Looking through a lens


Bennett Trubey, Arts & Life Editor

Netflix has challenged its viewers to look at one of its newest projects through a unique, rotating lens. The streaming platform released “Kaleidoscope” on Jan. 1 as a part of its effort to create innovative viewer experiences. The company promoted the series as an exciting collection that can be watched in any order.

“Kaleidoscope” centers on a heist 25 years in the making and is loosely based on the flooding of $70 billion in bonds during Hurricane Sandy in Manhattan.

Each of the eight episodes is named after a color and set at different times leading up to the heist. Netflix claims the order viewers watch the show will affect their opinions of characters as they learn their motives and pasts through different lenses.

The series is provided in a randomized order to every Netflix user. However, the orders always begin with “Black,” a one-minute explanation of how to watch the show, and end with the heist in the “White” episode. I watched the show in the order I was provided so I could test Netflix’s theory, but the streaming platform and many viewers online have shared different orders to watch the show – including chronologically, in rainbow order, as a detective story and even as a Tarantino film.

As I watched the series, I found that I sympathized most with the mastermind of the heist, Leo Pap, played by Giancarlo Esposito. However, I suspect that those who watch the series starting with another episode, such as “Blue” or “Orange,” will have a different opinion of Pap and the heist.

In terms of the writing and characters, I really enjoyed how Esposito’s character deviated from the typical, genius mastermind role, but I was disappointed by the halt of his character arc in the weeks leading up to the heist.

As the show shifted focus from Leo and his past to developing more of the motivations and relationships of his crew members, I felt like his character was neglected.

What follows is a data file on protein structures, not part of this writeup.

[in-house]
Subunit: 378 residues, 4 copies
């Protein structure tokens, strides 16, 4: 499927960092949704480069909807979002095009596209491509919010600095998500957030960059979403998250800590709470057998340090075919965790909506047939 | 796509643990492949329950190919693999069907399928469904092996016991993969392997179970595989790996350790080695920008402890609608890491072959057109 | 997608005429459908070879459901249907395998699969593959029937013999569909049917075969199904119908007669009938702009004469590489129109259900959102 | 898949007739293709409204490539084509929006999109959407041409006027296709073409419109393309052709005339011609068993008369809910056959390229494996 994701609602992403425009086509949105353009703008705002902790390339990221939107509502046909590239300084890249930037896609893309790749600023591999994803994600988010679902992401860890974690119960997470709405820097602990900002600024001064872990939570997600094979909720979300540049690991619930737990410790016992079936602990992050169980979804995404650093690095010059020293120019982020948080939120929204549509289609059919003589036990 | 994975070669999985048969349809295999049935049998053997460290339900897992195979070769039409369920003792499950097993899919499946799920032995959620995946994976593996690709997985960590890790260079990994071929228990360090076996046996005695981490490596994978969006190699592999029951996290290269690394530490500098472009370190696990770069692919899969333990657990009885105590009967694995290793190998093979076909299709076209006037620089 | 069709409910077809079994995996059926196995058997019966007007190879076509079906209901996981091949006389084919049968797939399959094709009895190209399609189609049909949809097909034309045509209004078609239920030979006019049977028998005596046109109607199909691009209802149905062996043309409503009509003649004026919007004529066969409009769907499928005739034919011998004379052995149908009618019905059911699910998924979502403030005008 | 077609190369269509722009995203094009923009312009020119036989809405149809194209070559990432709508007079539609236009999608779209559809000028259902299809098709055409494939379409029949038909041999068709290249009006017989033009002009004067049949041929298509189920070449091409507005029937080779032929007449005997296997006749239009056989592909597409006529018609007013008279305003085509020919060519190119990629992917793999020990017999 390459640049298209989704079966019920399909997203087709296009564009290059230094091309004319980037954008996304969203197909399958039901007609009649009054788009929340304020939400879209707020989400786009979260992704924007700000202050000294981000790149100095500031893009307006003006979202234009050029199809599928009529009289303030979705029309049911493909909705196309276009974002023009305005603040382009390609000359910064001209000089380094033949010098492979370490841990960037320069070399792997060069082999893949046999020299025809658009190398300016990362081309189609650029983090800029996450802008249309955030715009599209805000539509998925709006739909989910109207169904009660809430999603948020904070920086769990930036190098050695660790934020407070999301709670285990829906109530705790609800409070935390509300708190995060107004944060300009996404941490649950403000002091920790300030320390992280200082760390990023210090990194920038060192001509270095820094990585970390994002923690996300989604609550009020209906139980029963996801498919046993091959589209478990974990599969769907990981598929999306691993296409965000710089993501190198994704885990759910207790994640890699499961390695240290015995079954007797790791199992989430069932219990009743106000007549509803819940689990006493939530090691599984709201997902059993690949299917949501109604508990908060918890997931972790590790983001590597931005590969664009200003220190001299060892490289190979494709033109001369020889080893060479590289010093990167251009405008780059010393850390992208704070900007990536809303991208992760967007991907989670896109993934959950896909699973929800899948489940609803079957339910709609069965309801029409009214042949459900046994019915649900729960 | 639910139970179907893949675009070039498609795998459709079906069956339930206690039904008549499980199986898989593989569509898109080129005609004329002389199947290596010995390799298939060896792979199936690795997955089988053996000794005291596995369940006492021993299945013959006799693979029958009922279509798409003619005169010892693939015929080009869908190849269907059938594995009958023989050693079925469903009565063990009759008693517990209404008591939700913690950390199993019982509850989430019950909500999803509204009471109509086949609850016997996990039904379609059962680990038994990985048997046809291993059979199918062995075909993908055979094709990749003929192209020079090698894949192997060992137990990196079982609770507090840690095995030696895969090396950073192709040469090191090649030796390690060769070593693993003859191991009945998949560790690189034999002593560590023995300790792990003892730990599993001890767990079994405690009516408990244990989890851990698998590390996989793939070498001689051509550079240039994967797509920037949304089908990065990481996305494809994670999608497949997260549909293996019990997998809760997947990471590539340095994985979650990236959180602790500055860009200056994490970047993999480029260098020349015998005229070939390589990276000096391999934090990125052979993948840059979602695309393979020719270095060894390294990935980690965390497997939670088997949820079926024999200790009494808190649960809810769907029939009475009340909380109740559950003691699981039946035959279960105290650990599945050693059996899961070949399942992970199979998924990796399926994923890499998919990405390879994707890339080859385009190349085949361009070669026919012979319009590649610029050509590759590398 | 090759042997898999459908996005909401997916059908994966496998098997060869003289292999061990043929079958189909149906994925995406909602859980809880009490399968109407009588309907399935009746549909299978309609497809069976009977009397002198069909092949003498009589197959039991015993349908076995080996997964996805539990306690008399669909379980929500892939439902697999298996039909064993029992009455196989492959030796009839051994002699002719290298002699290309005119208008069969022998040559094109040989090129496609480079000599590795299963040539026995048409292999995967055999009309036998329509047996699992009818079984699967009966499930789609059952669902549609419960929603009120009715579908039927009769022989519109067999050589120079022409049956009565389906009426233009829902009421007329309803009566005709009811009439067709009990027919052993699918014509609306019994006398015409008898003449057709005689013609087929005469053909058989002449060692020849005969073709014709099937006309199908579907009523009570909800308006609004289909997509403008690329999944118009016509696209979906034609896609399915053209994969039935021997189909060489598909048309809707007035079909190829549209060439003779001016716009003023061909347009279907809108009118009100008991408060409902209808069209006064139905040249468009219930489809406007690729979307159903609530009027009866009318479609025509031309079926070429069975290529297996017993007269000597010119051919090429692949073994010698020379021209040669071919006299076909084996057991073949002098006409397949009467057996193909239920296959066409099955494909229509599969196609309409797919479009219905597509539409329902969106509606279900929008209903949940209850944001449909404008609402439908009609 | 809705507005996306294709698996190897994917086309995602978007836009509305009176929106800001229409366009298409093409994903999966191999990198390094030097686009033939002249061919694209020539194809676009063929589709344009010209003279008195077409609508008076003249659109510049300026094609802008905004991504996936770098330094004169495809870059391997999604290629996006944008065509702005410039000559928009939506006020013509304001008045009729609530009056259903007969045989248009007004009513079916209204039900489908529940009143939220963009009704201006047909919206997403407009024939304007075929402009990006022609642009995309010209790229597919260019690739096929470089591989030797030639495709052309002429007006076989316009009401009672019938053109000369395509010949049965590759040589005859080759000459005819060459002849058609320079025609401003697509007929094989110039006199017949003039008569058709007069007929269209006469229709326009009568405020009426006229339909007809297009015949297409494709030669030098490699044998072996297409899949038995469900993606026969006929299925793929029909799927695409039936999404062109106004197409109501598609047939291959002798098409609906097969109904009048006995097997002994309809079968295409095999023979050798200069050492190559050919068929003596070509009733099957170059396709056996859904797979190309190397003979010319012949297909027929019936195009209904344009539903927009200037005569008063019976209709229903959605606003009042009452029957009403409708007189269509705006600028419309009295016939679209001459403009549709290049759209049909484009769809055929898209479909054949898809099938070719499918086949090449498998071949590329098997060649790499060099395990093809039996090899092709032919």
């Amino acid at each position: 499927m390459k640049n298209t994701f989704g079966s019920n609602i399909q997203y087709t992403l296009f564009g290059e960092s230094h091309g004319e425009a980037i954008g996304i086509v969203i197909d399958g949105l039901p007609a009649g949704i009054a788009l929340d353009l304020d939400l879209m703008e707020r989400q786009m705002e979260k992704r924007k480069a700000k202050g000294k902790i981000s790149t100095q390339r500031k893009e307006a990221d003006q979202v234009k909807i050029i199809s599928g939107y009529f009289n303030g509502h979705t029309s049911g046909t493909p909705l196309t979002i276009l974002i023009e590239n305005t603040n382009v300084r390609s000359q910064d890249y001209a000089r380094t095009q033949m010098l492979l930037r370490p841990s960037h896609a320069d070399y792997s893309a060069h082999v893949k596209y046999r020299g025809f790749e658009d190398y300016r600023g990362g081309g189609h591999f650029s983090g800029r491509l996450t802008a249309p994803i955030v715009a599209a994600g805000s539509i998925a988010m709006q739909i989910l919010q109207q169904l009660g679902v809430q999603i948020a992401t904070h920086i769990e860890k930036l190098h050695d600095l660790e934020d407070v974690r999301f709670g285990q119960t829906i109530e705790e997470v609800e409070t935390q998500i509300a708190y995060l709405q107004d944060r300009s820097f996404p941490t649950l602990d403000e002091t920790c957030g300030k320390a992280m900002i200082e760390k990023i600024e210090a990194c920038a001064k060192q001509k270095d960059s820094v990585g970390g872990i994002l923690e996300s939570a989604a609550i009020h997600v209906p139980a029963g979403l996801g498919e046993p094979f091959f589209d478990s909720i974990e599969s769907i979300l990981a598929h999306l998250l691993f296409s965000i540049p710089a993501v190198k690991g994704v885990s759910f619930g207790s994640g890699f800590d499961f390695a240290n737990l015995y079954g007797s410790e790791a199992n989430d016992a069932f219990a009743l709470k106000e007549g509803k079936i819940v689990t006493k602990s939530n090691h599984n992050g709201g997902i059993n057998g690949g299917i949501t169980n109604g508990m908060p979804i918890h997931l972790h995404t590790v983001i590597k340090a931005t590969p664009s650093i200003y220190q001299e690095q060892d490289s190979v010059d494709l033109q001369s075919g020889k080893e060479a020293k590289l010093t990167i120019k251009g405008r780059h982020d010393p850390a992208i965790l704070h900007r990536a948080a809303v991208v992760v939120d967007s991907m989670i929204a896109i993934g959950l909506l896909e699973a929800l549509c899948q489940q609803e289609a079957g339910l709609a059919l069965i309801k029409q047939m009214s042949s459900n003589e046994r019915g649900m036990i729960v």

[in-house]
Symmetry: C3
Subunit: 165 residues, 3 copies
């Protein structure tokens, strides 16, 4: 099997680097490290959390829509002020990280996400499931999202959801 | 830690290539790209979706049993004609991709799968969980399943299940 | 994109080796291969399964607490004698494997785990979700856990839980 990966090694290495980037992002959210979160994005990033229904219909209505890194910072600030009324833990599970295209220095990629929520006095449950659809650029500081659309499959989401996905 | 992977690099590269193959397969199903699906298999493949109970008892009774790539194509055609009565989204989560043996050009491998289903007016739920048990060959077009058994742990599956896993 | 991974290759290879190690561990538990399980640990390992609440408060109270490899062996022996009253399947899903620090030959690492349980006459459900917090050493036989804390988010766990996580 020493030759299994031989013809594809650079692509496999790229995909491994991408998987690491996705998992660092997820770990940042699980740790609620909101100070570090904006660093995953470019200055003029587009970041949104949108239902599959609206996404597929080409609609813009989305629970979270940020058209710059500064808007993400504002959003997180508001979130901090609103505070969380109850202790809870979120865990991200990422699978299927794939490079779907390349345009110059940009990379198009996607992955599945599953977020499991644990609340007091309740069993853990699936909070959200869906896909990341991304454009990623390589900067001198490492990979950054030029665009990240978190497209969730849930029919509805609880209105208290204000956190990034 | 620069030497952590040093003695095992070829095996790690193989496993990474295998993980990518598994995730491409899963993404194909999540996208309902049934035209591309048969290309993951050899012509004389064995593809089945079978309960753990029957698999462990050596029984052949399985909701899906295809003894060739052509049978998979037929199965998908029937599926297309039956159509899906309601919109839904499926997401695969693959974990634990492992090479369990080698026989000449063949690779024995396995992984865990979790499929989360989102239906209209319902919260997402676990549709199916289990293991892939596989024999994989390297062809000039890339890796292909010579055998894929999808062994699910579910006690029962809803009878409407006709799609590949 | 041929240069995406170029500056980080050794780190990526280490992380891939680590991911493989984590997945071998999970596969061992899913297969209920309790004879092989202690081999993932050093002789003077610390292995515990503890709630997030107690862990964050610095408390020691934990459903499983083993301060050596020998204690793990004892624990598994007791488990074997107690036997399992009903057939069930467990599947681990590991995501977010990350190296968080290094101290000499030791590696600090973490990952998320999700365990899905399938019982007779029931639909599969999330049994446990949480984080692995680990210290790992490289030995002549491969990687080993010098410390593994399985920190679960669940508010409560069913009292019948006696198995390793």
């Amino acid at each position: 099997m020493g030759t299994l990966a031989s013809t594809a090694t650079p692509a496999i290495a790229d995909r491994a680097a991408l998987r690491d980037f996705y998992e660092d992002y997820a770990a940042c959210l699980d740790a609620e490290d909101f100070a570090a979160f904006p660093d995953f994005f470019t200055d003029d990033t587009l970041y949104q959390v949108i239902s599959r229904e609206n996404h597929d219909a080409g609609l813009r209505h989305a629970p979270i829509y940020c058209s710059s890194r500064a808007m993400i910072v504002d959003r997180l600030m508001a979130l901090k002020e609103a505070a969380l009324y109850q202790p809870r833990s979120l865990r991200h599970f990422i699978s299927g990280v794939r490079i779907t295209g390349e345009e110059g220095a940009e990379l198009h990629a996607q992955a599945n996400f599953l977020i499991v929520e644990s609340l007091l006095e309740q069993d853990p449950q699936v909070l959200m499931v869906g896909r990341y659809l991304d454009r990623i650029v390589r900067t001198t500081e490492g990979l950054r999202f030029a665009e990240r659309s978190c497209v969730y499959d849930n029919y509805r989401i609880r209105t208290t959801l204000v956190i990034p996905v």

However, the development of the other members of Leo’s crew – Bob, Judy, Ava, RJ and Stan – was very entertaining and made up for the lack of attention to Leo during the last three episodes leading up to the heist. The concept of watching in a randomized order was well-executed. I found each episode could stand on its own and tell an independent part of the story while still connecting to the other episodes and building up to the ending.

That being said, if I could have changed anything about the order I watched it in, I would have watched “White” before “Pink.” Finishing with the heist episode left me with an unsatisfactory feeling. After finishing the series with “White,” I re-watched “Pink,” which is set six months after the heist and was the episode before “White” in the order Netflix provided.

I enjoyed it much more in that tweaked order. The ending felt much less out of place and concluded the story in a much more logical manner. Overall, I would absolutely recommend “Kaleidoscope.”

I hope Netflix will continue to create unique viewing experiences similar to this series. The thrill of watching the heist unfold and the element of mystery from knowing the aftermath before watching the actual robbery kept me hooked. So if you have some downtime this weekend, go find out what episode order you have waiting for you.